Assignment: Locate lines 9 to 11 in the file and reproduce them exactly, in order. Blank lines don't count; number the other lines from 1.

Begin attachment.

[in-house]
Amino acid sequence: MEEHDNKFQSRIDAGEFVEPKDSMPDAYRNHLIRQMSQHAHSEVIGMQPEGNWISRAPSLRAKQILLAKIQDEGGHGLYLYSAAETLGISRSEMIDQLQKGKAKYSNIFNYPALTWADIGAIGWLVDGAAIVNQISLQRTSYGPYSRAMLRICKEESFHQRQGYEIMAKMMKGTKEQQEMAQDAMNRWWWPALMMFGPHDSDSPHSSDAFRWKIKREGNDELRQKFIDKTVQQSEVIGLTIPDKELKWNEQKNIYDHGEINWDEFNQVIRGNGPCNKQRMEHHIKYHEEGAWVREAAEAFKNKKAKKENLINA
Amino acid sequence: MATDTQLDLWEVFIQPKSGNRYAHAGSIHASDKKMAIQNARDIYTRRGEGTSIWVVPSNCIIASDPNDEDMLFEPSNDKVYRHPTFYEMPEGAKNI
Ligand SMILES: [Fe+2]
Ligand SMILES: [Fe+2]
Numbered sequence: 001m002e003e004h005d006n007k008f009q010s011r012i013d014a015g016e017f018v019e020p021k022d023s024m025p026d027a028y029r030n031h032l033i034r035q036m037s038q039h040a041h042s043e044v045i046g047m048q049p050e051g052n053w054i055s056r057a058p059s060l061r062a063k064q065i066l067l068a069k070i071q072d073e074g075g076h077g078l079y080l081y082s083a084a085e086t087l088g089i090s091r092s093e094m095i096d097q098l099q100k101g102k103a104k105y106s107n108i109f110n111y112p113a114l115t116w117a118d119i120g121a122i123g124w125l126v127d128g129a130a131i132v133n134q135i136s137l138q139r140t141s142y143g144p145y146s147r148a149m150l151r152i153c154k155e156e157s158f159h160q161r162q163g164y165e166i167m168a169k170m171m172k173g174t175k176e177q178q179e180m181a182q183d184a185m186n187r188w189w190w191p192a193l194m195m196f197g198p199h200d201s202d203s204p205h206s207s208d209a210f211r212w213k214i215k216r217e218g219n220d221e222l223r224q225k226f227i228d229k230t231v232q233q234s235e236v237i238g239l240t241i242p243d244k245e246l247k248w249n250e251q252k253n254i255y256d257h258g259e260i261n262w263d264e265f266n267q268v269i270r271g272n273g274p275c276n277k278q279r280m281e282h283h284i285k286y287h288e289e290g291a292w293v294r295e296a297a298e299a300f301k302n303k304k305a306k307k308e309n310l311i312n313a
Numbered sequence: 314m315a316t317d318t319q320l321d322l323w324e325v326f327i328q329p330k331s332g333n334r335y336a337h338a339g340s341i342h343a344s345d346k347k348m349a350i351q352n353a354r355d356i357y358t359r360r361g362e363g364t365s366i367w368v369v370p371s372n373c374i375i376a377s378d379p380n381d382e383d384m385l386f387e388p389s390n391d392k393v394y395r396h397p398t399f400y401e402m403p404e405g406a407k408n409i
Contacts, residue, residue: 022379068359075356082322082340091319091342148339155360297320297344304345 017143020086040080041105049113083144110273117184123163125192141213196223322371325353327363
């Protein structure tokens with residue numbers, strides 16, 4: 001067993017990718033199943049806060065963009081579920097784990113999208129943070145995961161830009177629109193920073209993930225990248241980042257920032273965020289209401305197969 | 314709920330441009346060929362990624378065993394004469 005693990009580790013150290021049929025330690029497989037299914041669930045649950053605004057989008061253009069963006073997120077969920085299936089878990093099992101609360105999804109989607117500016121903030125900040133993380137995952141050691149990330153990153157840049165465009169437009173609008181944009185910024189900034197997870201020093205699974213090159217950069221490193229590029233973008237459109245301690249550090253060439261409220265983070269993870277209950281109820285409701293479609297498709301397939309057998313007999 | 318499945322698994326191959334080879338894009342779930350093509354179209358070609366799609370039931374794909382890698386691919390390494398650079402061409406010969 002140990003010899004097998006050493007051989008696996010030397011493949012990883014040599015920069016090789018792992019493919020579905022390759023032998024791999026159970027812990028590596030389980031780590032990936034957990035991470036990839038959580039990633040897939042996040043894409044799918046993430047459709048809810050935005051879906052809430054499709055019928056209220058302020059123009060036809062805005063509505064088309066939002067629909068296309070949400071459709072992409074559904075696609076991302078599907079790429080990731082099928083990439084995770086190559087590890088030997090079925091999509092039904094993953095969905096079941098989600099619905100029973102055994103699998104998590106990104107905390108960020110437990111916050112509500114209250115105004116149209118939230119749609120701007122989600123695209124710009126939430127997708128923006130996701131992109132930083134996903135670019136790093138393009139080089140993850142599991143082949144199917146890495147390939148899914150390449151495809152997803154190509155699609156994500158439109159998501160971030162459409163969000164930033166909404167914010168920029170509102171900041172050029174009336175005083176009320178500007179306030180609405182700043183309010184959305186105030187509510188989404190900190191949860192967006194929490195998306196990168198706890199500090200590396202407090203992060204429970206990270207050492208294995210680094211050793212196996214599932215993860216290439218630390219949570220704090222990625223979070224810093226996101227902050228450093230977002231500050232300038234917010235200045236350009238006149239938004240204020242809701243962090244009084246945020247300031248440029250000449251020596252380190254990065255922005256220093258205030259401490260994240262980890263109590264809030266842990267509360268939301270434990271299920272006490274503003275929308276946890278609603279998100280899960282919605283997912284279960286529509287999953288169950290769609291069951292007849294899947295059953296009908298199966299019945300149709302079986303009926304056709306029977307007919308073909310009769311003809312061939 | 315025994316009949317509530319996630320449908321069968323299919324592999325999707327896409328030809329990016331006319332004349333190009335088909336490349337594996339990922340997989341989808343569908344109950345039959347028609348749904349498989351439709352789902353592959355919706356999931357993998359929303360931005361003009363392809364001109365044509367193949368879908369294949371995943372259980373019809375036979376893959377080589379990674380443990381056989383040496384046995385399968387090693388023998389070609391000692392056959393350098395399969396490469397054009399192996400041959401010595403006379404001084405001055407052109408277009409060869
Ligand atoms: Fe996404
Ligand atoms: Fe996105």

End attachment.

């Protein structure tokens with residue numbers, strides 16, 4: 001067993017990718033199943049806060065963009081579920097784990113999208129943070145995961161830009177629109193920073209993930225990248241980042257920032273965020289209401305197969 | 314709920330441009346060929362990624378065993394004469 005693990009580790013150290021049929025330690029497989037299914041669930045649950053605004057989008061253009069963006073997120077969920085299936089878990093099992101609360105999804109989607117500016121903030125900040133993380137995952141050691149990330153990153157840049165465009169437009173609008181944009185910024189900034197997870201020093205699974213090159217950069221490193229590029233973008237459109245301690249550090253060439261409220265983070269993870277209950281109820285409701293479609297498709301397939309057998313007999 | 318499945322698994326191959334080879338894009342779930350093509354179209358070609366799609370039931374794909382890698386691919390390494398650079402061409406010969 002140990003010899004097998006050493007051989008696996010030397011493949012990883014040599015920069016090789018792992019493919020579905022390759023032998024791999026159970027812990028590596030389980031780590032990936034957990035991470036990839038959580039990633040897939042996040043894409044799918046993430047459709048809810050935005051879906052809430054499709055019928056209220058302020059123009060036809062805005063509505064088309066939002067629909068296309070949400071459709072992409074559904075696609076991302078599907079790429080990731082099928083990439084995770086190559087590890088030997090079925091999509092039904094993953095969905096079941098989600099619905100029973102055994103699998104998590106990104107905390108960020110437990111916050112509500114209250115105004116149209118939230119749609120701007122989600123695209124710009126939430127997708128923006130996701131992109132930083134996903135670019136790093138393009139080089140993850142599991143082949144199917146890495147390939148899914150390449151495809152997803154190509155699609156994500158439109159998501160971030162459409163969000164930033166909404167914010168920029170509102171900041172050029174009336175005083176009320178500007179306030180609405182700043183309010184959305186105030187509510188989404190900190191949860192967006194929490195998306196990168198706890199500090200590396202407090203992060204429970206990270207050492208294995210680094211050793212196996214599932215993860216290439218630390219949570220704090222990625223979070224810093226996101227902050228450093230977002231500050232300038234917010235200045236350009238006149239938004240204020242809701243962090244009084246945020247300031248440029250000449251020596252380190254990065255922005256220093258205030259401490260994240262980890263109590264809030266842990267509360268939301270434990271299920272006490274503003275929308276946890278609603279998100280899960282919605283997912284279960286529509287999953288169950290769609291069951292007849294899947295059953296009908298199966299019945300149709302079986303009926304056709306029977307007919308073909310009769311003809312061939 | 315025994316009949317509530319996630320449908321069968323299919324592999325999707327896409328030809329990016331006319332004349333190009335088909336490349337594996339990922340997989341989808343569908344109950345039959347028609348749904349498989351439709352789902353592959355919706356999931357993998359929303360931005361003009363392809364001109365044509367193949368879908369294949371995943372259980373019809375036979376893959377080589379990674380443990381056989383040496384046995385399968387090693388023998389070609391000692392056959393350098395399969396490469397054009399192996400041959401010595403006379404001084405001055407052109408277009409060869
Ligand atoms: Fe996404
Ligand atoms: Fe996105």